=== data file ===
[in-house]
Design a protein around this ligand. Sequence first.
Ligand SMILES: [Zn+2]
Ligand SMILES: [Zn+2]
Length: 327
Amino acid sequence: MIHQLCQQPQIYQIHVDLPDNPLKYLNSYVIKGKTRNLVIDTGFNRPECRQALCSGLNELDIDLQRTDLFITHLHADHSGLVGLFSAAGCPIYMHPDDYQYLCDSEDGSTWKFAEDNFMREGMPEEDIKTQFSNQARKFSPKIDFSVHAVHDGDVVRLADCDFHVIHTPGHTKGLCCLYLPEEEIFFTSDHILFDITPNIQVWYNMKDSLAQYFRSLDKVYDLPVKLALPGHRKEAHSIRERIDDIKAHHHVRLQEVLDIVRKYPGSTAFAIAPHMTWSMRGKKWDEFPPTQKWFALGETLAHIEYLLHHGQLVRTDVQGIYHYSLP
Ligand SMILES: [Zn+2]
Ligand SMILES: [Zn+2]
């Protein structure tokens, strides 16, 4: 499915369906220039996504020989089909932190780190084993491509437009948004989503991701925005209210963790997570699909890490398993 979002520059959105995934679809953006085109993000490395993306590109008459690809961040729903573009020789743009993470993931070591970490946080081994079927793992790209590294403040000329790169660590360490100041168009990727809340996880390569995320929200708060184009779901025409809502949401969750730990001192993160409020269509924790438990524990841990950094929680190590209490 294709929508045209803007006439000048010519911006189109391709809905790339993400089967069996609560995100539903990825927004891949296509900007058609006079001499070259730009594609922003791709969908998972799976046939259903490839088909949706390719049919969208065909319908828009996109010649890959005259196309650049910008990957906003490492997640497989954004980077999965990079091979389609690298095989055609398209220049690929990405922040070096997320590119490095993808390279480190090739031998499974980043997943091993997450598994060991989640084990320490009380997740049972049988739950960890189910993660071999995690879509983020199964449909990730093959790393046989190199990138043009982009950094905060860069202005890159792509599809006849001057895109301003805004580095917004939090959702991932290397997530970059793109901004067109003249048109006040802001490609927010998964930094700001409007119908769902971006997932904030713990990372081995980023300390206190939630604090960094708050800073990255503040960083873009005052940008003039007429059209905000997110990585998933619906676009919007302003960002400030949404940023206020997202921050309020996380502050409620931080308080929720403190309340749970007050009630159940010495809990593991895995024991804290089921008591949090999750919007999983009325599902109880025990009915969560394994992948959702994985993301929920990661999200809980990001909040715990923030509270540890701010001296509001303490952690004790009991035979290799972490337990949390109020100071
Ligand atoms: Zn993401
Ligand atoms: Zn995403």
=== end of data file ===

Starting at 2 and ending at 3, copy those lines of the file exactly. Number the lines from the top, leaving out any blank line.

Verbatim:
Design a protein around this ligand. Sequence first.
Ligand SMILES: [Zn+2]